Changing out an exterior car mirror with Jill of All Trades

This week, our Jill of All Trades, Jill Washburn, shows us how to change out an exterior mirror on a car. It sounds intimidating, says Jill, but it’s really not that hard.

Jill’s vehicle is a 2011 Grand Cherokee. To swap out her mirror, she had to remove the door liner first. Not every vehicle will require that, though. Some vehicles only require removing a small piece of interior trim. Jill recommends searching online for a tutorial video specific to your car’s model and year.

To remove the door liner, Jill had to remove a trio of screws behind the door handles. All three were different, but not of them were especially difficult. Next, Jill had to disconnect the window switches out of the door handle. You can pry them right out. They pop out easily, allowing you to disconnect the power plug to them. That frees you to pop off the door liner.

Jill recommends starting at the bottom. She, first, slid a thin putty knife between the door liner and the actual door, so that she could then use a 5-in-1 painters tool to pry the liner away from the door, without damaging the painted part of the door. Jill warns that the fasteners are tough to pry out. You will feel like you’re going to break part of the door. Once you get the first one or two to pop, the rest get easier. (Jill says special thanks to Derek Kevra for helping her get the first couple fasteners started!)

Occasionally, you may break a fastener or two, probably more likely on a colder day when the plastic may be slightly more rigid, although Jill replaced her mirror on a cold day in December, with no issues. If you do break some, they are easily replaced.

Once you pop all the fasteners around the sides and the bottom, you’re ready to pop the ones on the top and then lift off the liner. Before you pull it away, you’ll need to disconnect the power supply to the mirror. After that, the door liner is free to set aside.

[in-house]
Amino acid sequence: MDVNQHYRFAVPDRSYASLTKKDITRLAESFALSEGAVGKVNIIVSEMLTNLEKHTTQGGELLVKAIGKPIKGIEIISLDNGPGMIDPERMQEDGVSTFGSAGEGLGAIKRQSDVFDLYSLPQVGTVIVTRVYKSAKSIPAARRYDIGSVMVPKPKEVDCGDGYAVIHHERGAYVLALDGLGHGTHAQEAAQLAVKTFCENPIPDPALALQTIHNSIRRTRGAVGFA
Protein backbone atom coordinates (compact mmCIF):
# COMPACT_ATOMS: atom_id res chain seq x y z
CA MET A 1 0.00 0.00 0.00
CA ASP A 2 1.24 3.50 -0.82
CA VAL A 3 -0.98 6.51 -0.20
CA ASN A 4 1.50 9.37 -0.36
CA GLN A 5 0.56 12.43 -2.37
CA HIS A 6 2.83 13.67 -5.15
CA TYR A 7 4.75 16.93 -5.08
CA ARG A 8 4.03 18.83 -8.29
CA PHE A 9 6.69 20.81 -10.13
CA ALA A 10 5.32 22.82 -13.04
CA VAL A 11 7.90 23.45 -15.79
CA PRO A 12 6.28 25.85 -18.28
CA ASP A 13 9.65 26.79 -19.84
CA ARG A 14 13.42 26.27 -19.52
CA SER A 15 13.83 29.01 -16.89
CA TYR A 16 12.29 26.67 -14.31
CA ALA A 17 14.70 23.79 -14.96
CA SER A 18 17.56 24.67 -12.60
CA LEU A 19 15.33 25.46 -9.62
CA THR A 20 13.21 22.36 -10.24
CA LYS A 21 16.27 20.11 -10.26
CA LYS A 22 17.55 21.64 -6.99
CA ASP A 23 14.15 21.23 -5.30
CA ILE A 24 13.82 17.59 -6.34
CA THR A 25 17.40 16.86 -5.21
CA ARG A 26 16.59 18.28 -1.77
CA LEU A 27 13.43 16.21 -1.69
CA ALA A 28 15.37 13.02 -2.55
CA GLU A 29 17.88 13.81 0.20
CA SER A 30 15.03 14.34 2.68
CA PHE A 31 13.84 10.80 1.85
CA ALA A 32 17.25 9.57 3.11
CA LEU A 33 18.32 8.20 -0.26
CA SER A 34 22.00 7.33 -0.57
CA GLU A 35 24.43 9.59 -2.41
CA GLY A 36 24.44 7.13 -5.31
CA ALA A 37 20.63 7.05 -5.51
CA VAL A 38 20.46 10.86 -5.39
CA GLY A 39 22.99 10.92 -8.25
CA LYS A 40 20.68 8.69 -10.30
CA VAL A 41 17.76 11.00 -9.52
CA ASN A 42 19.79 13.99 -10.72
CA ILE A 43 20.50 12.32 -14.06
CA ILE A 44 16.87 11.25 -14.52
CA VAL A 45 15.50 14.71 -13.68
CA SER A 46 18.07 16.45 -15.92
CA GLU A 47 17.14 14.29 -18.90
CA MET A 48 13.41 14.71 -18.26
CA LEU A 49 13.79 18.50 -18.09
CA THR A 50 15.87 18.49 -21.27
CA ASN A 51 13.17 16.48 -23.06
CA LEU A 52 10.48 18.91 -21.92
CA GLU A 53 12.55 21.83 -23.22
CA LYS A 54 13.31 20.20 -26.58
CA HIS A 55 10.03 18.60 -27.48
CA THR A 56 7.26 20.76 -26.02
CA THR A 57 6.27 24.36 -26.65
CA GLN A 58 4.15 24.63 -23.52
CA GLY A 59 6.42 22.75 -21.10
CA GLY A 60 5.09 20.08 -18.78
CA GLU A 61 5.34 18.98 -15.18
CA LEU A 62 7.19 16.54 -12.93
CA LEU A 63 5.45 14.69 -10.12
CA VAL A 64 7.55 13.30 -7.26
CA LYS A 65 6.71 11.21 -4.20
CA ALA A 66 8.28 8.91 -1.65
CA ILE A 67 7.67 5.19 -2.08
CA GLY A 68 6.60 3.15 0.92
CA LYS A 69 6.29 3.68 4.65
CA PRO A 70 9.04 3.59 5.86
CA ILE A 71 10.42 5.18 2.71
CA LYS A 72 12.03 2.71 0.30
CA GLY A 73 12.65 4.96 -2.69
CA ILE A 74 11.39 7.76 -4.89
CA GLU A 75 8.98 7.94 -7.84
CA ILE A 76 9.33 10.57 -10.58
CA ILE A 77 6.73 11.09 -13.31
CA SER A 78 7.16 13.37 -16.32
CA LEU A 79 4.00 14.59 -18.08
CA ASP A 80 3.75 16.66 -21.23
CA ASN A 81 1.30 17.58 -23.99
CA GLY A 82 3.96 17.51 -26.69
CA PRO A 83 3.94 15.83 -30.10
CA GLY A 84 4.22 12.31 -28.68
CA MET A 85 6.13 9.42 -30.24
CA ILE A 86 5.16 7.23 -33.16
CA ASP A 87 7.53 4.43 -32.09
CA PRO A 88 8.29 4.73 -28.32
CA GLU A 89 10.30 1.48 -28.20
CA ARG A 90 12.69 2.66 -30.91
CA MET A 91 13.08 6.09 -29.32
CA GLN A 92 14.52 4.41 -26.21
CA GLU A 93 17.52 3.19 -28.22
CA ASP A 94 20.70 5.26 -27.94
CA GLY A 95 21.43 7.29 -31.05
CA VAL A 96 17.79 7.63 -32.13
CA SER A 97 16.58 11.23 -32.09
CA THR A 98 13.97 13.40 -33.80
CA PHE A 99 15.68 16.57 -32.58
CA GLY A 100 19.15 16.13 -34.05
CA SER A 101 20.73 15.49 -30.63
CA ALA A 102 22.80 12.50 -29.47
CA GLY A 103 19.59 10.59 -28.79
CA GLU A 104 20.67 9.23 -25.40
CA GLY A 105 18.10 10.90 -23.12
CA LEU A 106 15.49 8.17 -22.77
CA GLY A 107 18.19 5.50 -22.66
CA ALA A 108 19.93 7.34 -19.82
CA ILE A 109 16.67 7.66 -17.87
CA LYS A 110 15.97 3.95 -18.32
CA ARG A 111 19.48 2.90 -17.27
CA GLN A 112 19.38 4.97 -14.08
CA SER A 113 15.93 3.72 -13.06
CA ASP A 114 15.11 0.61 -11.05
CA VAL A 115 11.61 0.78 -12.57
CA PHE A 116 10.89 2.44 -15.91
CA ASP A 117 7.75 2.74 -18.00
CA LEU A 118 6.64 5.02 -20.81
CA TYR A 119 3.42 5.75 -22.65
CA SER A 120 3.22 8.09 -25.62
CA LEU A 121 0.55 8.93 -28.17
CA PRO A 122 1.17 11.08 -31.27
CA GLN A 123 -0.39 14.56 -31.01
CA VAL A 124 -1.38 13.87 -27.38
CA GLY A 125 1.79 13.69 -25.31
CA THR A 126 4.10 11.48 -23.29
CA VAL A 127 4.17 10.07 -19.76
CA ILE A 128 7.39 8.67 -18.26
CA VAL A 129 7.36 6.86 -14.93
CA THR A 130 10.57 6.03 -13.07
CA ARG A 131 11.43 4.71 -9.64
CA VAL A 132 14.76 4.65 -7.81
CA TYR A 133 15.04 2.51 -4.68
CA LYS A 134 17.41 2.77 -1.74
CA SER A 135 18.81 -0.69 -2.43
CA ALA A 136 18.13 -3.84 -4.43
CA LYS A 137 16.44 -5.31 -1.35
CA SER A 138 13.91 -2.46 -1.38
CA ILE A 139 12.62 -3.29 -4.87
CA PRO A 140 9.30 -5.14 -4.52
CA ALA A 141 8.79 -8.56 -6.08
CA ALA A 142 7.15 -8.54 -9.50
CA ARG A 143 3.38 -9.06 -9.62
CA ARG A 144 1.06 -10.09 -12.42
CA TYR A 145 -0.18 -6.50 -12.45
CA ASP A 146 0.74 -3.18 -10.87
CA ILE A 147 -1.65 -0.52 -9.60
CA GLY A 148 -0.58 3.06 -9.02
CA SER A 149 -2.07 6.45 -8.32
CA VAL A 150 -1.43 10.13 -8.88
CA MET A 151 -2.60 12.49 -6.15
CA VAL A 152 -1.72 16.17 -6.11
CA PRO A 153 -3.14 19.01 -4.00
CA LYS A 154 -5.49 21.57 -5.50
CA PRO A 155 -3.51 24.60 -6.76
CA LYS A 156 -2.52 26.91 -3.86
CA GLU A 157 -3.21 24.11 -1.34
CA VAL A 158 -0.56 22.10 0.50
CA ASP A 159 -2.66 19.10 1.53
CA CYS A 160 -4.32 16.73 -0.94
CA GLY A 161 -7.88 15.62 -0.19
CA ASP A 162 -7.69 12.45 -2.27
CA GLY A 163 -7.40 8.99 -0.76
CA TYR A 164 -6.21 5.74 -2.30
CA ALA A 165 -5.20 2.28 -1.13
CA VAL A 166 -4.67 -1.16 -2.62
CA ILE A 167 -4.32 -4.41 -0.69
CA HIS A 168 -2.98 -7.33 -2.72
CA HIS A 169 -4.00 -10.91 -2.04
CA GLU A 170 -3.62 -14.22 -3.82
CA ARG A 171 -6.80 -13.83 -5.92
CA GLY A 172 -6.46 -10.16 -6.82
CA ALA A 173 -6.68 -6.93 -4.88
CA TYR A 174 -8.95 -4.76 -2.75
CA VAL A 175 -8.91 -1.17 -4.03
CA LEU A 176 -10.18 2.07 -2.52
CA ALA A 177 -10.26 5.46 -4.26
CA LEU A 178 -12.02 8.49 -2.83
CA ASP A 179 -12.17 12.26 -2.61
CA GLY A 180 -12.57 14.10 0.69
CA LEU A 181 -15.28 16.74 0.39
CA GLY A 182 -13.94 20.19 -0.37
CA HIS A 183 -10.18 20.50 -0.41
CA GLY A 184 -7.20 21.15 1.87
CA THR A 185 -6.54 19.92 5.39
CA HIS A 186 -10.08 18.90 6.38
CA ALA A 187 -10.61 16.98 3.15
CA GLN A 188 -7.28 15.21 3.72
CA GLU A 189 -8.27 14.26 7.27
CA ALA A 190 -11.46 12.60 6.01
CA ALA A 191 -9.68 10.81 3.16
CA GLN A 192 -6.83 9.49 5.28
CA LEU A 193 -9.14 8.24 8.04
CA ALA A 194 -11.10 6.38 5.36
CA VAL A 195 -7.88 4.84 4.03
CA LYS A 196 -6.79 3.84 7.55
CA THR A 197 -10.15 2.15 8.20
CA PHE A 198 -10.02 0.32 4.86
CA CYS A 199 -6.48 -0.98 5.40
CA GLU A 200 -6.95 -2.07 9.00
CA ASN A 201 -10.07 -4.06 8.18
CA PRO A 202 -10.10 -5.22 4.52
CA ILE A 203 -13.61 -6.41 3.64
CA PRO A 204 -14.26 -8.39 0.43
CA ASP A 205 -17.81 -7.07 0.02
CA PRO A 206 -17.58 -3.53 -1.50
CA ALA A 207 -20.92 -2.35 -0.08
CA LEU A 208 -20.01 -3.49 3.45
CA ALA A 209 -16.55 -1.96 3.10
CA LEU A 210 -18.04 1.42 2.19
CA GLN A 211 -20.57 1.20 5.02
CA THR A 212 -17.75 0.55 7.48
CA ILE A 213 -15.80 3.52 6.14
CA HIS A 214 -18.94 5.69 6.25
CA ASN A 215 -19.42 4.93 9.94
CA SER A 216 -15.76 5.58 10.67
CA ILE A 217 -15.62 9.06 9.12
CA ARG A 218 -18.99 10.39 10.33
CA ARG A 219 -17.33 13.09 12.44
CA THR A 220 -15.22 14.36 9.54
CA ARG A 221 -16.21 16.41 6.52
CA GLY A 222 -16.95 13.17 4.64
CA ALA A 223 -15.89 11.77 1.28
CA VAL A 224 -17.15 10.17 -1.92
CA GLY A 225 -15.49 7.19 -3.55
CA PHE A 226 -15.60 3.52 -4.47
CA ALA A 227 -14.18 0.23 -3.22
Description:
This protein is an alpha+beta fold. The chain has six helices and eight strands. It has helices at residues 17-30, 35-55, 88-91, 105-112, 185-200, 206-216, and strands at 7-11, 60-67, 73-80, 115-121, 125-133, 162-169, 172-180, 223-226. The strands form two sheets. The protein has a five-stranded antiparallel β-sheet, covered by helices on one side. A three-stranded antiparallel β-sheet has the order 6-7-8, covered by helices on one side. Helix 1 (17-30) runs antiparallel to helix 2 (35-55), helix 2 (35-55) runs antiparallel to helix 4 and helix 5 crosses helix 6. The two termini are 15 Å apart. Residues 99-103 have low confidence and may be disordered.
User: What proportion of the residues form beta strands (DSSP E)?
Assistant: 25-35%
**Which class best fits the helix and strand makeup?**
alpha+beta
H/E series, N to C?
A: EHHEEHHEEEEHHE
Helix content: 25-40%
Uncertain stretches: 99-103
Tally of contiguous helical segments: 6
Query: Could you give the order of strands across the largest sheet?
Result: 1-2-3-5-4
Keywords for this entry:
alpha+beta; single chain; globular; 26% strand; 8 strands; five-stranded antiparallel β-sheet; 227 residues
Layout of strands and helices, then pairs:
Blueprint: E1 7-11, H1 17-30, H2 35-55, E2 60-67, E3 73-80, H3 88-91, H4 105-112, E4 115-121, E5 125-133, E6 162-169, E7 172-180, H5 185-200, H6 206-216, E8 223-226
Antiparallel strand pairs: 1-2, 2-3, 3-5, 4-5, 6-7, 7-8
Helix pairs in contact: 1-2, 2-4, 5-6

For Jill’s vehicle, there was an additional piece of trim around the window that needed to be removed. That pulled away easily. Removing that exposed the three bolts that hold the mirror on. Those nuts are easily removed and the mirror will fall away. In fact, Jill says that you’ll need to hang onto it as you loosen the final nut or, at the very least, hang onto the power cord, so that the mirror doesn’t fall down the side of the car and cause damage.

Once you reach this point, you reverse the process. It will all go together faster and easier than how it came apart. Put the new mirror on, feeding the power cable through first, and then apply and tighten the three fastening nuts. There is a rubbery foam gasket around the three bolts. Jill’s new mirror (actually a salvage mirror) already came with that. If yours doesn’t, take the gasket off the old one and pop it onto the new one. Next, connect the mirror’s power connector to the cable on the door.

Rehang the door liner, taking care to connect the power cable to the door lock/window switches. They simply plug back together. Jill says to start re-installing the liner at the top, making sure the lock stem lines up and then lining up the fasteners along the top. Once you line them up, give the top of the line a firm smack with the heel of your hand or the outside of your fist over each fastener and they should pop into place. Then, follow around the rest of the edge of the door. As you make your way around, the fasteners should line up easier. Give each spot over a fastener a firm smack with your hand and they’ll pop right back into place.

Once you’ve made it all the way around, you’re done! You’re ready to hit the road again!

PROJECT RATING: Medium+ (It takes a little patience and persistence, but it’s not super difficult.)

To watch Jill take you through the process, click on the video player above.